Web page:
Every collector has a different way of organizing their cards.
It's one of the many great things about this hobby.
I've mentioned my love for binders on this blog many times. I'm a self-dubbed "binder guy".
While they might not be all that efficient in terms of space, binders more than make up for that with their aesthetic beauty. Whether it's a binder of your "keeper" cards or a binder full of 1972 Topps at a card show, there are few things more awesome than page after page of cardboard greatness.
Even though I've been a "binder guy" for as long as I can remember, a few challenges have presented themselves along the way.
As a result, I've developed a few little "binder policies".
Although they might seem petty and insignificant to all the non-collectors out there, I think most of us realize just how important these little "policies" actually are.
After all, they're what make all of our collections unique.
Oscar Gamble's 1973 Topps card is a good example of one of my "policies".
I think it's safe to say that it's one of the greatest cards ever made. Even so, it presented a bit of a problem with my organization methods.
The card clearly says "Cleveland Indians" under Gamble's name. However, given the Reds players that are mulling around in the background of this card, it's pretty obvious that Gamble was in a Phillies uniform when this shot was taken.
Plus, the Indians and Reds have never met in the World Series, and this was way before the concept of interleague play was conceived.
As a result, I wasn't sure where to place this card in my collection. Phillies binder or Indians binder?
In the end, I decided that I'd give Topps the benefit of the doubt for making the effort to airbrush Gamble out of his Phillies jersey.
Into the Indians binder it went.
Here's a couple examples of another organization roadblock.
Since my collection is mainly team-based, I wasn't sure what to do with my high school, college, and minor league cards.
Both of these guys were aways away from reaching the bigs when these cards were produced.
That's the main reason why I'm a big fan of these.
Although Konerko and Napoli would both eventually make their mark on the game of baseball, they were just a couple of unknowns at these points in their respective careers.
Just check out those high school bleachers behind Konerko, or those empty stands behind "Michael" Napoli. (By the way, that Napoli was produced a full five years before he'd get an actual "rookie card". Probably the only "gem" from the atrocious Royal Rookies set.)
While they're both exceptionally neat in their own ways, I didn't know how they'd fit in my binders.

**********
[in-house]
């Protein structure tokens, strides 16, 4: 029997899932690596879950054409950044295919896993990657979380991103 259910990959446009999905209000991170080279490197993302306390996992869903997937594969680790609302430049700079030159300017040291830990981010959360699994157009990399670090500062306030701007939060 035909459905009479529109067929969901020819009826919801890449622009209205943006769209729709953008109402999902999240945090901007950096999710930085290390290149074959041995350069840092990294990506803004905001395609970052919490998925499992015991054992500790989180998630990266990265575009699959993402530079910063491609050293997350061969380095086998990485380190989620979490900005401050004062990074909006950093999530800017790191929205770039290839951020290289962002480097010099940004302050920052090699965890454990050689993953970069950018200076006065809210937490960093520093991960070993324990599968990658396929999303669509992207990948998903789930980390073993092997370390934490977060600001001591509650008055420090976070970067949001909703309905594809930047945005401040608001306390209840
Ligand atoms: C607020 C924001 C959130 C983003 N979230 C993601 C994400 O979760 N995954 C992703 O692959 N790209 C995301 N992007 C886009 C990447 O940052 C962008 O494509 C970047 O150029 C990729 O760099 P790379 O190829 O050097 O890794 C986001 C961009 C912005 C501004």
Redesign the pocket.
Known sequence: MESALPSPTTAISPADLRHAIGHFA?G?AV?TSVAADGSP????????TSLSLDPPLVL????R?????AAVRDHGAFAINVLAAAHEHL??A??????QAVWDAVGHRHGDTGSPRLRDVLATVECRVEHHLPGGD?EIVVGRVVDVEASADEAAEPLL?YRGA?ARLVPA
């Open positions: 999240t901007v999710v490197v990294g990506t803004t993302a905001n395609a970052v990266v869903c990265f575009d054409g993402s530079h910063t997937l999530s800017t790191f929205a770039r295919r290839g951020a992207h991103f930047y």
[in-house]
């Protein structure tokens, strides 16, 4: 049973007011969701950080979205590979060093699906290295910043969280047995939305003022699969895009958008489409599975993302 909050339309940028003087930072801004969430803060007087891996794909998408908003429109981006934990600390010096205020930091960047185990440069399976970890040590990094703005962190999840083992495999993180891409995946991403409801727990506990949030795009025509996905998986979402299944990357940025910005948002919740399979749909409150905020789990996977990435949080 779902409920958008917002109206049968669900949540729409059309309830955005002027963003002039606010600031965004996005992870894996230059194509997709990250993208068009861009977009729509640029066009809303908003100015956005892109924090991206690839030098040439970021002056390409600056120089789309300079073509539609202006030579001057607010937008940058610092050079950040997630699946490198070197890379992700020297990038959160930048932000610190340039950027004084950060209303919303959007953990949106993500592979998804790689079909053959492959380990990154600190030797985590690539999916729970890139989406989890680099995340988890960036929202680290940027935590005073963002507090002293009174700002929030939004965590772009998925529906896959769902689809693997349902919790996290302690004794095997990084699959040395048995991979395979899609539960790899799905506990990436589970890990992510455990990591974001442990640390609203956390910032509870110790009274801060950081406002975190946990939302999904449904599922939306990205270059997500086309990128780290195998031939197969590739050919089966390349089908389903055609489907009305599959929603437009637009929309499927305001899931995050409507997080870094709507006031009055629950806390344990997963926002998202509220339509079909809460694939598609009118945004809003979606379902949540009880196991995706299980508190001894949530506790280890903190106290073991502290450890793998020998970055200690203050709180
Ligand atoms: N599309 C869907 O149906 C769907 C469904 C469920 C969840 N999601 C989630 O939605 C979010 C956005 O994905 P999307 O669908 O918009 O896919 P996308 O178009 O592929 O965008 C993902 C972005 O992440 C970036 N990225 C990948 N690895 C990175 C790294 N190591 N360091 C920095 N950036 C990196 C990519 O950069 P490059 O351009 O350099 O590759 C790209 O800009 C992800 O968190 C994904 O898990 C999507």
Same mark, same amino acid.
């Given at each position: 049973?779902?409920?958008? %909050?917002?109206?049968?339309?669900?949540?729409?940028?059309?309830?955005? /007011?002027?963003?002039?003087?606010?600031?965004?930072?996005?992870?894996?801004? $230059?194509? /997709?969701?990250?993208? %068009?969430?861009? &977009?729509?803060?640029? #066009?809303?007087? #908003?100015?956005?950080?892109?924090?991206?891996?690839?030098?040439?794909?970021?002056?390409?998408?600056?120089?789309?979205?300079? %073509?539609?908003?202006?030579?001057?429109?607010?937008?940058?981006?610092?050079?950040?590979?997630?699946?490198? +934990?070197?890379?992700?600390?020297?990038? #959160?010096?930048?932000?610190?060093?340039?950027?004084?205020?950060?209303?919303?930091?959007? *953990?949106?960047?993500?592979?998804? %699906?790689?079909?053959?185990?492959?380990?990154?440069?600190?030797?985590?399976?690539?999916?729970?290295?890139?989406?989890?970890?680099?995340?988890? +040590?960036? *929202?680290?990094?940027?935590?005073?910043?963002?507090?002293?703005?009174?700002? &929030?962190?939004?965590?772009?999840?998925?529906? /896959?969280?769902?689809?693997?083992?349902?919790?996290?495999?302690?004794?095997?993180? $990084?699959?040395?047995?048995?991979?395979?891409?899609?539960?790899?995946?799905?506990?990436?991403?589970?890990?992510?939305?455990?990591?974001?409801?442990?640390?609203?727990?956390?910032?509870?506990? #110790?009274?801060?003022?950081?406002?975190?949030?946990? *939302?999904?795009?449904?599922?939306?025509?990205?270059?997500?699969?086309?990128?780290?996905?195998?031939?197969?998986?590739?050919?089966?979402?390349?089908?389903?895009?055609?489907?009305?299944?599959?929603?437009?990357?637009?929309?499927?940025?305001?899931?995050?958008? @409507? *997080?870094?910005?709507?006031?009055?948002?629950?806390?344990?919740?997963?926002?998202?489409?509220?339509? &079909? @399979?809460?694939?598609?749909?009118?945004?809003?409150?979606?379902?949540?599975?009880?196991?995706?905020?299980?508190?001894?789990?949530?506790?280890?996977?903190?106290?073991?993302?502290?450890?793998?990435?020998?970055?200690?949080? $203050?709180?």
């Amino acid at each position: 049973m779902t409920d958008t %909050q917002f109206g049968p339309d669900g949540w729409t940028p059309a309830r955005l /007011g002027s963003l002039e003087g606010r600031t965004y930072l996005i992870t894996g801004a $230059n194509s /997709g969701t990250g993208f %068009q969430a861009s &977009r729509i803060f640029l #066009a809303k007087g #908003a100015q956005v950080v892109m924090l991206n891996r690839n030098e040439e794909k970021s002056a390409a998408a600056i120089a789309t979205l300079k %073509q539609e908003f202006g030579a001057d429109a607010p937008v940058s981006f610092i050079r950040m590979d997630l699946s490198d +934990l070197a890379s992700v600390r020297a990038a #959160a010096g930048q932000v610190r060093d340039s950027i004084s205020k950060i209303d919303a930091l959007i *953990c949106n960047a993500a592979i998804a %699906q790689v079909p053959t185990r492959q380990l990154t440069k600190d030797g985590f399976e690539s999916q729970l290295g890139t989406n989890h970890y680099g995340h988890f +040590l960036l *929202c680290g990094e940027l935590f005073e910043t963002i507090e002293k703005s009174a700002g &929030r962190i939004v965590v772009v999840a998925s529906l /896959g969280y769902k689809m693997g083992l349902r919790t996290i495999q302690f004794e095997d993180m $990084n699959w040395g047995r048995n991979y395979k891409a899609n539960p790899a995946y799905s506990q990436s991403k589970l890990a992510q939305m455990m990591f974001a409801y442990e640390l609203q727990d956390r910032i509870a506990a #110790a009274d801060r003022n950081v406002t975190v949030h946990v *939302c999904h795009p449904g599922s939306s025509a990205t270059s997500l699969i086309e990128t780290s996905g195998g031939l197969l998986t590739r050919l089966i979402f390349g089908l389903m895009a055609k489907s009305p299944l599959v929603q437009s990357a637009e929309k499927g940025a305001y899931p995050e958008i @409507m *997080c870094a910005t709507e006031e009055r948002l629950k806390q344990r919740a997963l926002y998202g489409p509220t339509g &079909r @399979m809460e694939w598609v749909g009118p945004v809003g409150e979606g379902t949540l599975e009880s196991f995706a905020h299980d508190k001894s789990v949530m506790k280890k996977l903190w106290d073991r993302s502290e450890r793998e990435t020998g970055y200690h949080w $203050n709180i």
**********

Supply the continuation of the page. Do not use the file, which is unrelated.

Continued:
Although they might look a tad out of place, I decided to simply put them with whatever team gave them their first shot in the bigs.
The Konerko sits happily in my Dodgers binder, while Napoli is doing the same inside the many pages that make up my Angels collection.
In collecting terms, "team cards" are simply any cards that feature a team photo.
As far as my collection is concerned, the "team card" moniker has become sort of a catch-all.
While they do include the ordinary team photo cards, I've included a lot more in my "team cards" section of each binder. Multi-player issues, manager cards, mascot cards, and any other miscellaneous cards that don't fit anywhere else are all mixed together within these pages.
It doesn't matter whether it's a World Series-winning manager pointing ambiguously into the distance or a funny-looking mascot with an oversized head.
They're all "team cards" to me.
Since it's my collection and all, I reserve the right to "induct" whoever I want into my binders at any given time.
For a long time, I rarely "enforced" this policy of mine.
Up until last year, I almost never inducted new players into my binders. I wasn't exactly keen on change when it came to my collection back then.
Nowadays, I'm always looking for new guys to welcome into the binders. I recently accepted seven new players into the "binder club".
Last week, I introduced two new players into my collection. Braves closer Craig Kimbrel and Rangers starter Derek Holland were the lucky pair. (As a result, I'm looking for almost any cards of theirs if any are floating out there in the blogosphere.)
Kimbrel should've been in a while ago. I always enjoy watching the Braves whenever they come on TV in my area. Plus, it's accurate to say that Kimbrel is the best closer in baseball right now.
I mainly "inducted" Holland because of his personality.
Between his former mini-mustache, his Haray Caray impersonation, and his pitching ability, it was a no-brainer.
My oldest "policy" has to do with these types of cards.
The "miscellaneous binder", as I like to call it.
There's so many different components of these that I don't even know where to start. League leaders, "combo" cards, multi-team cards, father-son cards, they're all here in some way, shape, or form.
While there are some fairly dull cards included in this category, it has its share of "gems" as well.
These Topps "combo" cards are absolute works of art, if I do say so myself.
I don't know about you, but that's the only time I've seen Ted Williams and Tony Gwynn featured on a baseball card together.
Believe me, I could go on for hours if someone asked me to describe how I organize my collection. It's a fairly complex process, especially with the "policies" and everything.
It all makes sense in my mind, though.
How I sort and store my cards is an important component of my collection in itself.
It's a big reason why I'm still collecting after all these years.